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Basics Of An Employment Background Check

background check

The professional investigator should conduct an employment background check from an experience-based template, outlining his/her methodology.  Aside from the consistency of results, wire-framing the investigation will ensure that the basics of a background check are researched and, serves as a solid springboard once the information pipeline begins to flow.  Starting with the very first step – in all cases – from an entry level employee to a potential new partner, all references and work history should be verified.

Below we will outline the various type of background checks and the situations wherein which they should be conducted.

 

New Hire (Non-Management Level, excepting positions involving access to client and or other financial information:

The most relevant and important features of a comprehensive background check are the:

1. Address, SSN and DOB verification.

2. Criminal history  (This level hire will not include criminal charges – only convictions.)

3. E-Verification clearance ensuring that the potential new hire is in fact legally allowed to work in the U.S.

4. Driving record, if relevant.

New-Hire (Management, fiduciary trust or client financials access and C positions):

A more comprehensive search than a basic new hire background check, those conducted for potential management, C positions and employees with access to client financial information should include the above and:

1. A full credit check.

2. Assets search.

3. An in-depth criminal records review.

New Partner:

In taking on a new partner, including all of the above searches, the following investigations should also occur:

1. Full litigation history.

2. Previous positions and conditions of departure verifications.

3. Professional license search (to ensure licensure validity and uncover professional sanctions, if any).

4. Full criminal check to include researching the backgrounds of the new partner’s former associates.

5. Develop the subject’s public and private profile.  (There are many methods employed by professional detectives that will allow the investigator to acquire the comprehensive information necessary to develop a 360 degree assessment of the subject.)  This is a critical part of  checking the background of a potential partner.  In today’s information age, no one can control all visible aspects of one’s life and there will be the inevitable professional and personal disclosures online.  While no single posting (unless of course it’s of a truly damaging event), will reveal the subject’s true character,  subsequent to assessing the all of the tangible search results, a pattern should become obvious to the investigator which will allow for an accurate analysis of the subject’s behavior.  The past portends the future.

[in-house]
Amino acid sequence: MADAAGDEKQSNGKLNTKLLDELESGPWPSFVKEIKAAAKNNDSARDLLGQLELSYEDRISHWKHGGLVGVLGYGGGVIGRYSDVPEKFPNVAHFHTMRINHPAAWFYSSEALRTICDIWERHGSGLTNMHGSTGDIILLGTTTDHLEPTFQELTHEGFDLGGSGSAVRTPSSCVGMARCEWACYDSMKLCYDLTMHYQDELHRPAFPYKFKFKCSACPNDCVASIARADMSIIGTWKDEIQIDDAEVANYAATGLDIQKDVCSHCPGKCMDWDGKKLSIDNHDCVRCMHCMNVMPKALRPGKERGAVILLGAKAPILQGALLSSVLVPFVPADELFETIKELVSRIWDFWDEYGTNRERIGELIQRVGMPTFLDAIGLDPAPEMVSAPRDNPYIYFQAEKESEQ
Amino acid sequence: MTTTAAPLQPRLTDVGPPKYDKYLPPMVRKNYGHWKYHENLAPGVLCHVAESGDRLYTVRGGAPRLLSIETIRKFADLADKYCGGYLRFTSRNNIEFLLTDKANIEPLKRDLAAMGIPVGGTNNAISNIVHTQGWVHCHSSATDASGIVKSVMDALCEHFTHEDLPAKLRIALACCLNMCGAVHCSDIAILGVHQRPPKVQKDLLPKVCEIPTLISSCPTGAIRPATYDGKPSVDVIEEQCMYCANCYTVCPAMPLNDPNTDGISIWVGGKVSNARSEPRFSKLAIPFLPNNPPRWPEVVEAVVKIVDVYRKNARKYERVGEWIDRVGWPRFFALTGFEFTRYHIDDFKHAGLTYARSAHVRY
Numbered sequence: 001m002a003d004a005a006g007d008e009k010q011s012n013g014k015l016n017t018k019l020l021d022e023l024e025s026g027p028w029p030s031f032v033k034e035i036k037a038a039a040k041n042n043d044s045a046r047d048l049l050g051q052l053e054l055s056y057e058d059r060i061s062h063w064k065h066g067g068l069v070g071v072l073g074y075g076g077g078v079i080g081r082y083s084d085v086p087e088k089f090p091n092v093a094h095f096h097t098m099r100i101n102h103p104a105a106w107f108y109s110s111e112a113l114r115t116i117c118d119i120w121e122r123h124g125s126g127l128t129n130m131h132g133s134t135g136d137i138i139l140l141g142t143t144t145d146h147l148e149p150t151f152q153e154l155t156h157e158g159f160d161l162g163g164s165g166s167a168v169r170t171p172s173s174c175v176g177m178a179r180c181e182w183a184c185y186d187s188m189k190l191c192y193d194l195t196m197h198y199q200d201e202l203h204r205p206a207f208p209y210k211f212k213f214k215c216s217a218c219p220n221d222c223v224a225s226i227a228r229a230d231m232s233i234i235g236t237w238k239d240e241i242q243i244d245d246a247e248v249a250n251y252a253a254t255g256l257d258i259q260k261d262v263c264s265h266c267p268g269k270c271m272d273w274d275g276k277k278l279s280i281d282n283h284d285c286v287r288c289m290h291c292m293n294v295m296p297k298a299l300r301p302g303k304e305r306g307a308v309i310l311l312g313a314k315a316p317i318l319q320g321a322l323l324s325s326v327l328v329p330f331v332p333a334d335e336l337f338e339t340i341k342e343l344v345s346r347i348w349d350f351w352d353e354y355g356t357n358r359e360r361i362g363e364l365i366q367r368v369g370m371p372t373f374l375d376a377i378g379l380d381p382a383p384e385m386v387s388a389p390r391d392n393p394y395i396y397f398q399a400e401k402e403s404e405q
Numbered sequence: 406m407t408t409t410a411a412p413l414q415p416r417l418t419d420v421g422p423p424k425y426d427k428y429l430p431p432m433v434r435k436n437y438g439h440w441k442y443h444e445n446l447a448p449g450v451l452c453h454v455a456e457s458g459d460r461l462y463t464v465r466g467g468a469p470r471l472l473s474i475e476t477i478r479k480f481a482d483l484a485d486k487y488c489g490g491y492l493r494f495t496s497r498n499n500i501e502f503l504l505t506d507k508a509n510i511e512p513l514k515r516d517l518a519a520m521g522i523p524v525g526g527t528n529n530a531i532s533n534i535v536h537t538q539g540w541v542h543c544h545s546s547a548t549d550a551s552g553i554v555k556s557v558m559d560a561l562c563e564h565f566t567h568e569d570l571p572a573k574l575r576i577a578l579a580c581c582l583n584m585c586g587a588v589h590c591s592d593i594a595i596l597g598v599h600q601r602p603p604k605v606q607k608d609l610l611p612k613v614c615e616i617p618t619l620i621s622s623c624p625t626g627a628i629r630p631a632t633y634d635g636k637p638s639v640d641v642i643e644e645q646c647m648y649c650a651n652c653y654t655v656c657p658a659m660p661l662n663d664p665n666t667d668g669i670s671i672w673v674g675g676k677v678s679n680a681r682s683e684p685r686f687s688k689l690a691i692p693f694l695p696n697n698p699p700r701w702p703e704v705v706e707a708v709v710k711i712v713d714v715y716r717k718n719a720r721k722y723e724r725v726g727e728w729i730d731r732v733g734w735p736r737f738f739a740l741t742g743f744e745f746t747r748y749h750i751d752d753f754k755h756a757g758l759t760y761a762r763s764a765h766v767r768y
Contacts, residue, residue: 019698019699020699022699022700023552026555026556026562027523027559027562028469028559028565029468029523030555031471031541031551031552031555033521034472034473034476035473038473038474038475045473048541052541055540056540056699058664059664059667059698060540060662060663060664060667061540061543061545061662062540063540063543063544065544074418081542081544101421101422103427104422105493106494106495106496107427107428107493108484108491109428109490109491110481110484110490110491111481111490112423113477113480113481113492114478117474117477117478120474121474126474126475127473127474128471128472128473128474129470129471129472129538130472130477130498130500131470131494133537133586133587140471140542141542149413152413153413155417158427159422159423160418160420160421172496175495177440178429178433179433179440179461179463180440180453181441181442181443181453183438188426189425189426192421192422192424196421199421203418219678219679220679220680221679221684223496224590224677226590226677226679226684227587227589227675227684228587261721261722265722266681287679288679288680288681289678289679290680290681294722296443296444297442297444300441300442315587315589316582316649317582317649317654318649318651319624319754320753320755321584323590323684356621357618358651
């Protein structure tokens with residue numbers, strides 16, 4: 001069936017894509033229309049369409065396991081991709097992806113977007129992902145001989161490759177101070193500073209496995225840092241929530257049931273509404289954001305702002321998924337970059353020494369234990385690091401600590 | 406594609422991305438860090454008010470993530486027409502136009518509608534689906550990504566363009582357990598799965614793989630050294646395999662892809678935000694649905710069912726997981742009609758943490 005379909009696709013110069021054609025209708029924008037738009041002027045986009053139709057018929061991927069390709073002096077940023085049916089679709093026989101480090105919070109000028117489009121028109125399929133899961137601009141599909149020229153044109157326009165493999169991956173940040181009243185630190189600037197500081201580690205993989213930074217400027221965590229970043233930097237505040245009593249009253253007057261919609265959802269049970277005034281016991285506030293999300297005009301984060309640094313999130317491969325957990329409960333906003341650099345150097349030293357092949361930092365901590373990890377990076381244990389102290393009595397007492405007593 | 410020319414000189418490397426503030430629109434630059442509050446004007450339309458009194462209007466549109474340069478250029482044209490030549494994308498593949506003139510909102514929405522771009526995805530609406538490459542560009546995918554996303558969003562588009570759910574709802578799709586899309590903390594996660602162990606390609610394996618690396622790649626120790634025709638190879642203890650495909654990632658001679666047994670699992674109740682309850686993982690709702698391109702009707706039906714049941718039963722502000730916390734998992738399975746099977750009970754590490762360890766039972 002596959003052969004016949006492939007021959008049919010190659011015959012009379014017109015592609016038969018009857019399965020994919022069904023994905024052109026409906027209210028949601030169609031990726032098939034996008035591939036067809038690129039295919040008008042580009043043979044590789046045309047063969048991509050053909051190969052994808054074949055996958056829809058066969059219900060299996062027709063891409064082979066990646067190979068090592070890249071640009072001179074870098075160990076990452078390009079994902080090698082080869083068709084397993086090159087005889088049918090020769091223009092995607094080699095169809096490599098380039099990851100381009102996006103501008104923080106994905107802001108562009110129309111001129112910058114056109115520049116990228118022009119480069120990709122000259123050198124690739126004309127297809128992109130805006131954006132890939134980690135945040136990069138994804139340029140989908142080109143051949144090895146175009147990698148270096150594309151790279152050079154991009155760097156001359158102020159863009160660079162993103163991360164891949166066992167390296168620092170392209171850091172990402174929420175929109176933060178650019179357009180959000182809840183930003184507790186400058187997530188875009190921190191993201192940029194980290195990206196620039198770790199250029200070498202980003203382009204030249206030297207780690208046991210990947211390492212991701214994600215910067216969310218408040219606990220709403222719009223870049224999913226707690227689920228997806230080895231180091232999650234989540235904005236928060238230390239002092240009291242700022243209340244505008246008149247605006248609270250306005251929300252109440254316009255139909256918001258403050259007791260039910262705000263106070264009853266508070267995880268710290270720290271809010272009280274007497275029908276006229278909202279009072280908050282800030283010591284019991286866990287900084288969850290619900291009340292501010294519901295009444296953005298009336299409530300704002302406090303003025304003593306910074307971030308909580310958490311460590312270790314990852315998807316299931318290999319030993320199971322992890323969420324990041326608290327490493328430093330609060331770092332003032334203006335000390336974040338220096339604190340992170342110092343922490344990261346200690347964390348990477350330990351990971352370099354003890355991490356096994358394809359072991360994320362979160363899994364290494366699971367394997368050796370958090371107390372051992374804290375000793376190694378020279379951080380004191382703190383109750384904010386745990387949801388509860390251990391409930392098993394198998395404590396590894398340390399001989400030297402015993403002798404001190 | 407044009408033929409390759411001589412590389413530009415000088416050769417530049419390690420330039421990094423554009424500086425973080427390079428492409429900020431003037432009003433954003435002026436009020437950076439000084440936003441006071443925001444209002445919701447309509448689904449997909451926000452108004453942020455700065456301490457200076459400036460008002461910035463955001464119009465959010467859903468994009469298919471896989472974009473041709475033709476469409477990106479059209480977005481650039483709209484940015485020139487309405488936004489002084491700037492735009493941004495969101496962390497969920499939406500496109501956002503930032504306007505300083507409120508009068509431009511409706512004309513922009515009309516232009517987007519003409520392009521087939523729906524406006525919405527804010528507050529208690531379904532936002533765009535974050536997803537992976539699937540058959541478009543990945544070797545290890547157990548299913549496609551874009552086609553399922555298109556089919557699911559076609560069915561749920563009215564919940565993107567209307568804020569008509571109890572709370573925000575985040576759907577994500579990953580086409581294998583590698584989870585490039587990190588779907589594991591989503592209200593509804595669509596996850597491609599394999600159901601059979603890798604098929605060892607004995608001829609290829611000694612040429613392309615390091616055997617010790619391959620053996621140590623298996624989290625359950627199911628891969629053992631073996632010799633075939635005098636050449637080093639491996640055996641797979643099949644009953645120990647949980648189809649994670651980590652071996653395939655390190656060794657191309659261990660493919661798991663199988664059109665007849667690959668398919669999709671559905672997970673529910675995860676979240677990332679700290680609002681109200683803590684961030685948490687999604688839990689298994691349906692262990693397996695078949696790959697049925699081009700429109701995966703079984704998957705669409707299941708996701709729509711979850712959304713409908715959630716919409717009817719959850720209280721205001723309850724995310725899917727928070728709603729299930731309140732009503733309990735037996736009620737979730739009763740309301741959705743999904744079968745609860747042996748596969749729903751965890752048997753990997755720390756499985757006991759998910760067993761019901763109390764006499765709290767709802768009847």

The above recommendations for employment consideration are, as the title states, the basics of a new hire/partner background check.  Each industry – from transportation to healthcare – has in place employment policies specific to the field. By way of example, businesses involved in financial transactions – wherein the personal identifier information of a client may expose her to identity theft –  may have to impose an extra layer of records protection to ensure that this information is not accessed or used in a fraudulent manner.   (See the FTC Red Flag Laws.)

BNI Operatives: Situationally aware.

As always, stay safe.

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Asset Searches – How Far is Far Enough?

Generally, an asset search investigation is requested to determine a subject’s tangible assets (or, quite often, to satisfy the court that there are no other recoverable assets beyond policy limits, albeit the injuries sustained may be valued at a much higher award).

Balancing the public’s privacy with informational needs is challenging but ultimately, very doable.

A basic checklist for the legal professional is to:

1. Relay the need-to-know reason to your investigative specialist. A business partnership dissolution v. a medmal case requires a very different focus.

2. Obtain as much lead information from your client as possible. The more information the investigative specialist is given, quite often, the more she can return and in a more cost-effective manner.

3. Local is often more reliable than generalized information. The first step in recording any asset begins at a local level. Many information companies provide “nationwide” information, which can widen the asset search scope. The drawbacks to commencing an asset search on a nationwide basis first, however, are

a) record update lag (delays up to 18 months),

b) incorrect data collection errors (many nationwide databases can return results only with exact names – misspellings will often register “no hit” status) and

c) incomplete information.

So now you, the attorney,  have the subject’s tangible assets information. The subject owns a Chelsea duplex, a home in Hyde Park and a boat docked at the Bayside Marina. The next step, from an investigative standpoint, can range from determining if the subject has any liens, judgments, bankruptcies and other pending litigation to a full criminal background check.

In answer to our premise question then: Asset Searches: How Far is Far Enough? Assess the potential settlement/judgment and the likelihood of the subject having seizable assets. For a large settlement/judgment, request a full background and asset search (certain convictions can prohibit a person from holding officer position in a business); medium settlement/judgment: basic background and asset search and for a small judgment: a basic asset search.

BNI Operatives: One step ahead.

As always, be safe.

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